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Two RCCA Oncologists Tell How You Can Cut Your Risk of Death from Colorectal Cancer in Half

If you’re thinking you want to wait on that colorectal cancer screening recommended by your healthcare provider, two medical oncologists with Regional Cancer Care Associates (RCCA) say there’s good reason to think again – and to act now.

Avishek Kumar, MD, is a board-certified medical oncologist who practices in the Edison, NJ, offices of RCCA, one of the nation’s largest networks of oncology specialists. He explains that about half of American adults develop polyps, which are abnormal growths on the lining of the colon or rectum. Most polyps don’t cause symptoms, so people can have one or more polyps and not know it, he says. Dr. Kumar adds that a small percentage of these polyps become cancerous. Left undetected and untreated, the cancer can grow and spread – often while causing no symptoms or only minimal symptoms initially.

Colorectal screening allows polyps to be identified and removed before they become cancerous or, if cancer already has developed, enables treatment of the disease in its earliest stages. “If you diagnose colon cancer early, while it is still localized, it is much easier to treat the cancer effectively, sometimes solely by means of surgery. By contrast, if the cancer is not found early, it can spread throughout the body and it becomes much more difficult to treat,” Dr. Kumar says.

Indeed, nearly 91% of people treated for localized colorectal cancer are alive 5 years after diagnosis, according to the American Cancer Society. However, the 5-year survival rate drops to 14 percent when colorectal cancer has spread throughout the body.1 

“Screening saves lives. That’s the main thing people need to know,” says Julianne W. Childs, DO, a board-certified medical oncologist and hematologist practicing at RCCA’s care centers in Cape May Court House and Marmora, NJ. To underscore her point, Dr. Childs notes that a large-scale study published in the New England Journal of Medicine found that removing polyps at colonoscopy reduced the colorectal cancer death rate by 53%.2 (For information on reducing your risk of developing colorectal cancer in the first place, see the accompanying article, “5 ways you can reduce your risk for colorectal .”)

When to screen – and how often?

The United States Preventive Services Task Force (USPSTF), an organization of medical experts who make research-based preventive care recommendations, long urged that adults aged 50 to 75 years have periodic colorectal cancer screenings, and that some people aged 76 to 86 be screened based on their overall health, screening history, and preferences.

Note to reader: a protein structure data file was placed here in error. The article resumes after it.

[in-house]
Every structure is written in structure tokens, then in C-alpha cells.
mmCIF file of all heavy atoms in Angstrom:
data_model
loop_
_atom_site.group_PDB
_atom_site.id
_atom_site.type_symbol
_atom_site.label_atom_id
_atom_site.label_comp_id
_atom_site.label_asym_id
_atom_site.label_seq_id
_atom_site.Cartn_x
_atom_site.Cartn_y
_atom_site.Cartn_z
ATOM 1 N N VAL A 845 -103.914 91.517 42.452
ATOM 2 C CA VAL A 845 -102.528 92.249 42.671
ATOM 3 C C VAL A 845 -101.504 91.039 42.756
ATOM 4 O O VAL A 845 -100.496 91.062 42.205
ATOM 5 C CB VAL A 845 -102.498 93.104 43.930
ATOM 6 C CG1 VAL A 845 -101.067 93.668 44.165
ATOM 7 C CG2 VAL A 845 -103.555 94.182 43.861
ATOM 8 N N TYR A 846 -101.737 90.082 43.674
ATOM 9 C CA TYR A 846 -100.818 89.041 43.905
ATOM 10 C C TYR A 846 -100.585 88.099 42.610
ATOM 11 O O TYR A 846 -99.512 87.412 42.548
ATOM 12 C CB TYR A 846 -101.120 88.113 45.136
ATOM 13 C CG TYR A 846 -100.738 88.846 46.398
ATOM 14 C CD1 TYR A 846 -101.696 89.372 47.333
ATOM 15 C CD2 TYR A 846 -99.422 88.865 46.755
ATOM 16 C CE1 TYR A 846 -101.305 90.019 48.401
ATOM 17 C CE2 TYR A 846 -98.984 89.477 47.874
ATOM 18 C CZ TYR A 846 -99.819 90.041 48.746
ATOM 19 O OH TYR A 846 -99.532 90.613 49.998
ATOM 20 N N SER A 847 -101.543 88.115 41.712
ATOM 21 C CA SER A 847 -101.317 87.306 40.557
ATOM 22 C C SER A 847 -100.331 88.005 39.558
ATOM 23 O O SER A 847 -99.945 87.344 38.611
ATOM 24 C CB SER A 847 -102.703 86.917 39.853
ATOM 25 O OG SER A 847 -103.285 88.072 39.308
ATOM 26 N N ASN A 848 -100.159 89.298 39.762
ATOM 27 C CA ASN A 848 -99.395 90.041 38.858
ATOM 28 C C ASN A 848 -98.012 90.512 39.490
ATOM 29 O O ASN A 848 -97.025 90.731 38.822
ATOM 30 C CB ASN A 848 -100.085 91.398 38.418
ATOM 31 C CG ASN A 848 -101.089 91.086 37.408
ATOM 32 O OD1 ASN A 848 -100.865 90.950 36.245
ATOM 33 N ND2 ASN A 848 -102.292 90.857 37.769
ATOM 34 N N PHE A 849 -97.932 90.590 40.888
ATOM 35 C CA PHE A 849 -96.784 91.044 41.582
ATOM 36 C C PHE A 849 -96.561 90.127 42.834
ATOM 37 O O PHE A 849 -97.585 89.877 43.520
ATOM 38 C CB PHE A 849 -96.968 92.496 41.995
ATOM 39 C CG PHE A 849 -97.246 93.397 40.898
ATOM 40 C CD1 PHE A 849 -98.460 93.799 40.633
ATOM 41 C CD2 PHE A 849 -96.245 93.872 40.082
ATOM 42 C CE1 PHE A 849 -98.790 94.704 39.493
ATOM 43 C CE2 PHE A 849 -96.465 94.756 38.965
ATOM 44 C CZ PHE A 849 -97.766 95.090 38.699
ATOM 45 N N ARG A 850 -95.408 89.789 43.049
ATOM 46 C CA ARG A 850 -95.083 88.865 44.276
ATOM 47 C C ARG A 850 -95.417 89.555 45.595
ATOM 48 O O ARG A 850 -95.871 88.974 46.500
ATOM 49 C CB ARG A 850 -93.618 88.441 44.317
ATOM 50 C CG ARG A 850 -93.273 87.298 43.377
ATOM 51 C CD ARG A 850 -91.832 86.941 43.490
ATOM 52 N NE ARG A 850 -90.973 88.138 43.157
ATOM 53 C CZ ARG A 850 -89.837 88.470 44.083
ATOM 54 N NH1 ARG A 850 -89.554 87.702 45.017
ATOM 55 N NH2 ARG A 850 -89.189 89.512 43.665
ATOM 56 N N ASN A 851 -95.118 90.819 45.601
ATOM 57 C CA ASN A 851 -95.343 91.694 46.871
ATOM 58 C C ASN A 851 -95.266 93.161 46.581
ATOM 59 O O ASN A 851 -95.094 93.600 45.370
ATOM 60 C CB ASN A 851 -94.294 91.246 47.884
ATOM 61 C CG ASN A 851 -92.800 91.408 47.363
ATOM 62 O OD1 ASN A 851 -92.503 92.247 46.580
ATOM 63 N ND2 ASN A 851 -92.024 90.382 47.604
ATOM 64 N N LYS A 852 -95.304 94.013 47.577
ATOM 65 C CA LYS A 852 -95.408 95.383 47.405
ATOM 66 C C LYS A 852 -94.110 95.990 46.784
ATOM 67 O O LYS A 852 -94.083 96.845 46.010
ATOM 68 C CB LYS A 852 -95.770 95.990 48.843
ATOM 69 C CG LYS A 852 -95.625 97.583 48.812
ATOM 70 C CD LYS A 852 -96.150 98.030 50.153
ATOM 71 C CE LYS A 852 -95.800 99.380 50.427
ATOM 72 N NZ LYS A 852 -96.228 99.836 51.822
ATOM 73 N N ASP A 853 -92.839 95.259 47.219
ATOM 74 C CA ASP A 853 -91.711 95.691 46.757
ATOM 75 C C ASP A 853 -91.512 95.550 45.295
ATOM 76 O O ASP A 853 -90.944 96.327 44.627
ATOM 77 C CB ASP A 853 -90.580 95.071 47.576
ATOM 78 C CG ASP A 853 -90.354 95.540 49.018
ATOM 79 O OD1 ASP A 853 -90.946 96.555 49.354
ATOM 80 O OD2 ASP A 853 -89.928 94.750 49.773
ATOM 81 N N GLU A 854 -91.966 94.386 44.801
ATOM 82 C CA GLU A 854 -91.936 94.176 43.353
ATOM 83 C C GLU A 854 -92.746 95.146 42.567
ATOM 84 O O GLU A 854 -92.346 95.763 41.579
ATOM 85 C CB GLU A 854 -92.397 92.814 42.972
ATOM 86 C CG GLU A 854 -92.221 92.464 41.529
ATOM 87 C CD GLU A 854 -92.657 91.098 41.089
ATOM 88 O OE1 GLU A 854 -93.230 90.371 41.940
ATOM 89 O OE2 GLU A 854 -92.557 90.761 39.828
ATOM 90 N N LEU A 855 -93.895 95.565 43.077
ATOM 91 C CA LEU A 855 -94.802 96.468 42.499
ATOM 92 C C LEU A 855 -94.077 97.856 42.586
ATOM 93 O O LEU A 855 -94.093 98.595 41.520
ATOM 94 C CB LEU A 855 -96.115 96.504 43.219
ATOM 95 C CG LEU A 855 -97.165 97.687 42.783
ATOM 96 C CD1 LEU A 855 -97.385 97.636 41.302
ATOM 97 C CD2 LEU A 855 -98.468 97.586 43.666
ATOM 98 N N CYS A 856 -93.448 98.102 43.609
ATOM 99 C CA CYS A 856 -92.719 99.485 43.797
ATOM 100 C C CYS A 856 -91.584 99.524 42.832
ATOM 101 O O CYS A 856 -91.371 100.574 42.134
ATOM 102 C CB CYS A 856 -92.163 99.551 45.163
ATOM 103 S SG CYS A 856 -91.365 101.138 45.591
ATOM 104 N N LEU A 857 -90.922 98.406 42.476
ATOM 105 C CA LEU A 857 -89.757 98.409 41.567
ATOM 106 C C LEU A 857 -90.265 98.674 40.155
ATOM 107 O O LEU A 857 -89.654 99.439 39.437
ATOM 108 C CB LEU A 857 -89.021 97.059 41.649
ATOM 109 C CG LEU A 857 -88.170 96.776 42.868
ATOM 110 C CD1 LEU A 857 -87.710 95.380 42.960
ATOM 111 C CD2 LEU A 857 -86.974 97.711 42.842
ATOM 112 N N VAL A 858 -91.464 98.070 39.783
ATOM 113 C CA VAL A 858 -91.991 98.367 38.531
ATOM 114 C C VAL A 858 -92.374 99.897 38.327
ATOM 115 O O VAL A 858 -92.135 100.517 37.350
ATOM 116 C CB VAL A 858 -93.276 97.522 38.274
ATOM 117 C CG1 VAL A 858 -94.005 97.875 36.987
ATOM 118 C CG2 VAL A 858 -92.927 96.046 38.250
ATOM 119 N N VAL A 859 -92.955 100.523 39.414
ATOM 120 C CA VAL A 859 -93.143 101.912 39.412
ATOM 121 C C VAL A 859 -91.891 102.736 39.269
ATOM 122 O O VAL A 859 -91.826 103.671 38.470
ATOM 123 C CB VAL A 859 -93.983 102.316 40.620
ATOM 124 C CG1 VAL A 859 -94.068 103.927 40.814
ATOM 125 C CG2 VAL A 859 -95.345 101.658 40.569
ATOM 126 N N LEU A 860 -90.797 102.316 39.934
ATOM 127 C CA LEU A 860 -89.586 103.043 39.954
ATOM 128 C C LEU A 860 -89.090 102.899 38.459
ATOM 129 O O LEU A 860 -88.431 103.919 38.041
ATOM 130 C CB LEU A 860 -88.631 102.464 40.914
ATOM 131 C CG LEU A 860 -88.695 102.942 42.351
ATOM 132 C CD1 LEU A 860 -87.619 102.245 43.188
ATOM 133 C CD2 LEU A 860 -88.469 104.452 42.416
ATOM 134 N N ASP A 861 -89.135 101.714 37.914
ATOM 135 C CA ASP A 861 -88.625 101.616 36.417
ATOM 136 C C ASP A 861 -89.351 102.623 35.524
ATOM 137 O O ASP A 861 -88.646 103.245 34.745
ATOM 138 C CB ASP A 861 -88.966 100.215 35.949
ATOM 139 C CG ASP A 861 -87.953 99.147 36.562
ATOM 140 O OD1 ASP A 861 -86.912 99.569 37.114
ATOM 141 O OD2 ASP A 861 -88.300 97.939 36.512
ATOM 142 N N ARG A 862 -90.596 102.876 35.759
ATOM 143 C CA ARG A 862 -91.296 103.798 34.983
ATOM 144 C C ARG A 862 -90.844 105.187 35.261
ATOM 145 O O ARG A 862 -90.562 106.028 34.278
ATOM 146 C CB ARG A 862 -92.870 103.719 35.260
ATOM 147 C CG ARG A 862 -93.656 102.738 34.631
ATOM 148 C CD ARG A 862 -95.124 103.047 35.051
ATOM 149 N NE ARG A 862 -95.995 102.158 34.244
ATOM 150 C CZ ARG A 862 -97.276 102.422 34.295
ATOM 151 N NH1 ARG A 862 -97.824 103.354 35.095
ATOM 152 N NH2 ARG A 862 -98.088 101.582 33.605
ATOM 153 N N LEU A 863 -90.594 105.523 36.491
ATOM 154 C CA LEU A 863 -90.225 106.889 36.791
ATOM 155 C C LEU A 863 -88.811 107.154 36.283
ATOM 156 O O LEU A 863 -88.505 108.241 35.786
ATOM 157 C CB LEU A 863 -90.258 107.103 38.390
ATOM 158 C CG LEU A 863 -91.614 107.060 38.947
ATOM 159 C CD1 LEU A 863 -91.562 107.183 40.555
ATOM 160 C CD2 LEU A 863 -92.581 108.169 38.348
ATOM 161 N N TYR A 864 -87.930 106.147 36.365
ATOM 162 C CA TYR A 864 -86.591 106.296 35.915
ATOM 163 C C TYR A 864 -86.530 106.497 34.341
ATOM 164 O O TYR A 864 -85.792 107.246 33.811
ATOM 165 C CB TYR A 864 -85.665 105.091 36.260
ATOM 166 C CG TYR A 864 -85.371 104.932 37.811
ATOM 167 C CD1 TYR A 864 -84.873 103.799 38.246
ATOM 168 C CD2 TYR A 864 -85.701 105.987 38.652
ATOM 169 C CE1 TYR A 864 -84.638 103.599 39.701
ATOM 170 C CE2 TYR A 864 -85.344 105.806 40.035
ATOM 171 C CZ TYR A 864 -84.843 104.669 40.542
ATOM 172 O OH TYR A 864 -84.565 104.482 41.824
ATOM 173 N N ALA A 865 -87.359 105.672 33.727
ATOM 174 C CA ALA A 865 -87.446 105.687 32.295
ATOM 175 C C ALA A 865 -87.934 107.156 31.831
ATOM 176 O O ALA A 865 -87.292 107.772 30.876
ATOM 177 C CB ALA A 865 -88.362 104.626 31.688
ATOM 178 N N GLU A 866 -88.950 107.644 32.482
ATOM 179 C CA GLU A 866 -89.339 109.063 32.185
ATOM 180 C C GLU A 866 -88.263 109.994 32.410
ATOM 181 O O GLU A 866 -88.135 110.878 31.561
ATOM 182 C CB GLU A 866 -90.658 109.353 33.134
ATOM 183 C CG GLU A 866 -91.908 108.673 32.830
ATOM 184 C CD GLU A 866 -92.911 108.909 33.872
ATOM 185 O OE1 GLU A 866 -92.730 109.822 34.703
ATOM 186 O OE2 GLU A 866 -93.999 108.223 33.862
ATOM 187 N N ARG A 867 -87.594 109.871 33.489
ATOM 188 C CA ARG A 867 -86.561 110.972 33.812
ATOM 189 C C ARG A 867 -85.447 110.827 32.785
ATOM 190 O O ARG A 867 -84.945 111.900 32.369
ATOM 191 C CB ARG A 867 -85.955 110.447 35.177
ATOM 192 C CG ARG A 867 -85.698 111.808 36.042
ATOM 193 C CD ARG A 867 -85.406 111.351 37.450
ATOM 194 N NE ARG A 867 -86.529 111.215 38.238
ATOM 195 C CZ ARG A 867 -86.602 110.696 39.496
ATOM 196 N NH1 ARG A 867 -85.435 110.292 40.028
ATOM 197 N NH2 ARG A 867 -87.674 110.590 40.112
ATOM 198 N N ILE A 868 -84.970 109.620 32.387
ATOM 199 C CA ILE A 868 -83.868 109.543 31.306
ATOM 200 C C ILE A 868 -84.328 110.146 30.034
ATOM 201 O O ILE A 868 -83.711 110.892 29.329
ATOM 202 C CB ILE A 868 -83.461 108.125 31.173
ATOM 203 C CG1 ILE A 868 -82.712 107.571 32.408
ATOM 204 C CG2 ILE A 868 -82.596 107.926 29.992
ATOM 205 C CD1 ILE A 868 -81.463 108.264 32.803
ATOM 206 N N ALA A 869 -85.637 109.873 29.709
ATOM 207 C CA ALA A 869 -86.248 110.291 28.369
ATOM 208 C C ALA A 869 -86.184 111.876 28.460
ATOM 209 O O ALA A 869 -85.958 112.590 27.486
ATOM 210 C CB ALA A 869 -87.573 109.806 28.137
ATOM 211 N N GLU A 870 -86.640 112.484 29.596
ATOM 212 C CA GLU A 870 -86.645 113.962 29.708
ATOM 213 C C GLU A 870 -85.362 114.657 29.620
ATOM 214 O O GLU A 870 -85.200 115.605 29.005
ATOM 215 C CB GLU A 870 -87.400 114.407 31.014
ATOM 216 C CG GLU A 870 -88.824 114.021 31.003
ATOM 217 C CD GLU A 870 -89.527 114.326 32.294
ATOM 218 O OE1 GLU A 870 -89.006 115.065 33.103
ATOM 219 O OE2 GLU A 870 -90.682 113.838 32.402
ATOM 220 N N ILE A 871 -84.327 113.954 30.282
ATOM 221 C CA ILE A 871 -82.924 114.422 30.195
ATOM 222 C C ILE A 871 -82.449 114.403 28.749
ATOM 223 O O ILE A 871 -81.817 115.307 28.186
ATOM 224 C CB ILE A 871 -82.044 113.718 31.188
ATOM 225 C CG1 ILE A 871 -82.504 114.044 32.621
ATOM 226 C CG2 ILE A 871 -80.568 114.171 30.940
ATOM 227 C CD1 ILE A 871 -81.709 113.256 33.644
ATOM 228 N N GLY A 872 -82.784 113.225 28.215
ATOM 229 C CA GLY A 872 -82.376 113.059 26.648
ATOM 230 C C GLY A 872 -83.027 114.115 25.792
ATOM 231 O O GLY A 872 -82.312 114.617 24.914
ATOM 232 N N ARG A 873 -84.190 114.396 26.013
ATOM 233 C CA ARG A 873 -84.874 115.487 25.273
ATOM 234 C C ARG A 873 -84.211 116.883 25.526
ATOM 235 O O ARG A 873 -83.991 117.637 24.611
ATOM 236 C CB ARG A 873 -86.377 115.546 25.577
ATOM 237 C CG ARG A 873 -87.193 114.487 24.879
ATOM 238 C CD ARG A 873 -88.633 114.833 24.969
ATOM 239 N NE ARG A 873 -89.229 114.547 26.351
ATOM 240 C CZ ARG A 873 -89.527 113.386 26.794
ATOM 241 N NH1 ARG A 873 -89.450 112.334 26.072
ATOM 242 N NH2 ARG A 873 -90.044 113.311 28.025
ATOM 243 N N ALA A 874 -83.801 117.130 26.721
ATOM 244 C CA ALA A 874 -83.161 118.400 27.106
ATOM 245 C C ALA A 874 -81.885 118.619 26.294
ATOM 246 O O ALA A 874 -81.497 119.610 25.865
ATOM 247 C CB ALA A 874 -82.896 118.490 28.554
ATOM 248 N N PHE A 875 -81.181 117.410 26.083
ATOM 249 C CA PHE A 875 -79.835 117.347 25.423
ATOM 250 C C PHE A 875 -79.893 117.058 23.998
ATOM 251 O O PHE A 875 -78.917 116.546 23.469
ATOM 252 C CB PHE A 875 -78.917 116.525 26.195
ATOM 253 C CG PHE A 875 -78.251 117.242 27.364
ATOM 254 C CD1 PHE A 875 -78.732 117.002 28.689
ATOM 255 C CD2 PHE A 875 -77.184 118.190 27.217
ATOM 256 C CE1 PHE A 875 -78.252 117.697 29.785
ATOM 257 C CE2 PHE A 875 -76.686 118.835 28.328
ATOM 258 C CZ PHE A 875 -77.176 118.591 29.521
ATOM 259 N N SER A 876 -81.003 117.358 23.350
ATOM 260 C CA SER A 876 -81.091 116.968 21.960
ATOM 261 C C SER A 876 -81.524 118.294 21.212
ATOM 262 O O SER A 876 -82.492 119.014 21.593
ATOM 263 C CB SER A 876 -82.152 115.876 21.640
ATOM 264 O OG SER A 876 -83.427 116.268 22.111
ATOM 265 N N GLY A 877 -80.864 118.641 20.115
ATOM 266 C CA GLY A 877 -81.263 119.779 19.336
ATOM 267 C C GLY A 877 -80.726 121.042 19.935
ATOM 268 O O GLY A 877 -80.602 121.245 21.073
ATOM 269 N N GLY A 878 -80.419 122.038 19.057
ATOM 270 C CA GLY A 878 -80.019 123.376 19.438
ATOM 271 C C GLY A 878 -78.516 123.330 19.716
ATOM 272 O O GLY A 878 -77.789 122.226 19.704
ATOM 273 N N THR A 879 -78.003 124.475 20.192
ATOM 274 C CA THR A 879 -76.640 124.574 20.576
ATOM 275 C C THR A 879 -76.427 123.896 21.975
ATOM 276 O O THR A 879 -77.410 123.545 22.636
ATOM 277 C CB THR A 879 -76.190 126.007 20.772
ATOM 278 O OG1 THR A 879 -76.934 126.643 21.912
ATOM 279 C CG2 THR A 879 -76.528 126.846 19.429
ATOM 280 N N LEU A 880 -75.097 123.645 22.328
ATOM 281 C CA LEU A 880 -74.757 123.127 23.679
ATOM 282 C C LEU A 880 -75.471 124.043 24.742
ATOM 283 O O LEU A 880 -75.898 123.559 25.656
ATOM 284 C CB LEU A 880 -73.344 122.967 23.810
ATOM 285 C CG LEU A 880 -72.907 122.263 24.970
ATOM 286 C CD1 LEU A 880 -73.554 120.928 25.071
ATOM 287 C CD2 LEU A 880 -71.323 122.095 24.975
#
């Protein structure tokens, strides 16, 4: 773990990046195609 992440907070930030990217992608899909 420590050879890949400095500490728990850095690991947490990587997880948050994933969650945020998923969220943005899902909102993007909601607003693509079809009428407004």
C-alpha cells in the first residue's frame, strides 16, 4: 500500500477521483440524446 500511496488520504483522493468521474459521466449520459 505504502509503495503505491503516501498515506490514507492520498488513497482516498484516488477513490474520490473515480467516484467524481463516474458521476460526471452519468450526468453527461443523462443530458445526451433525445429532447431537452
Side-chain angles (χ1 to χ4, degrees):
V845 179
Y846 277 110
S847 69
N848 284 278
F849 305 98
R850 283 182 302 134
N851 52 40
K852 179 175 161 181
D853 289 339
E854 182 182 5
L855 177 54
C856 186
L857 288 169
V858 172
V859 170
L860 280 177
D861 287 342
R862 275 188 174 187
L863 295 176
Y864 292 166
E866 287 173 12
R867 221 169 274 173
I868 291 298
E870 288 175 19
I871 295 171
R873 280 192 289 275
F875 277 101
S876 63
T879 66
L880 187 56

In 2020, however, the USPSTF lowered its recommended age for initial screening to 45 years. The Task Force acted in response to a 15% increase in colorectal cancer cases over the past several years among patients ages 40 to 49. Two years earlier, the American Cancer Society lowered its minimum age for colorectal screening to 45 years.  (For information on specific screening approaches, see the accompanying article, “Comparing colorectal cancer screening .”)             

Patients at normal risk. Drs. Childs and Kumar urge most people to start screening for colorectal cancer at age 45. While colonoscopy is one of the most common screening methods, some people with no risk factors for colorectal cancer might instead use an at-home stool test, followed by a colonoscopy if the stool test results are suspicious. (See “Comparing colorectal cancer screening methods.”)

If colonoscopy test results are negative, people generally can wait 7 to 10 years for the next screening, the RCCA oncologists note. However, if one or more polyps are found and removed, a repeat colonoscopy should be performed in a shorter time frame, with the number of years between that first screening and a second colonoscopy determined by factors including the type and number of polyps found initially, the doctors say. Dr. Childs adds that if no polyps are found at the second colonoscopy, the next screening interval may be extended.

Patients at increased risk. Certain risk factors for colorectal cancer may warrant initiating screening before age 45, Dr. Kumar says. These risk factors include:

  • Family history of colorectal cancer. If someone in your family had colorectal cancer, you’re almost twice as likely to develop the disease compared to people with no family history of colorectal cancer, according to the American Society of Clinical Oncology (ASCO). The risk is further increased if multiple family members have had the disease, or if one or more were diagnosed before age 60, ASCO notes.3

If a family member has had colorectal cancer, have your first screening 10 years before the age at which your relative was diagnosed, Dr. Childs urges. “For example, if your brother was diagnosed with colon cancer at age 45, start getting screened at age 35,” she says.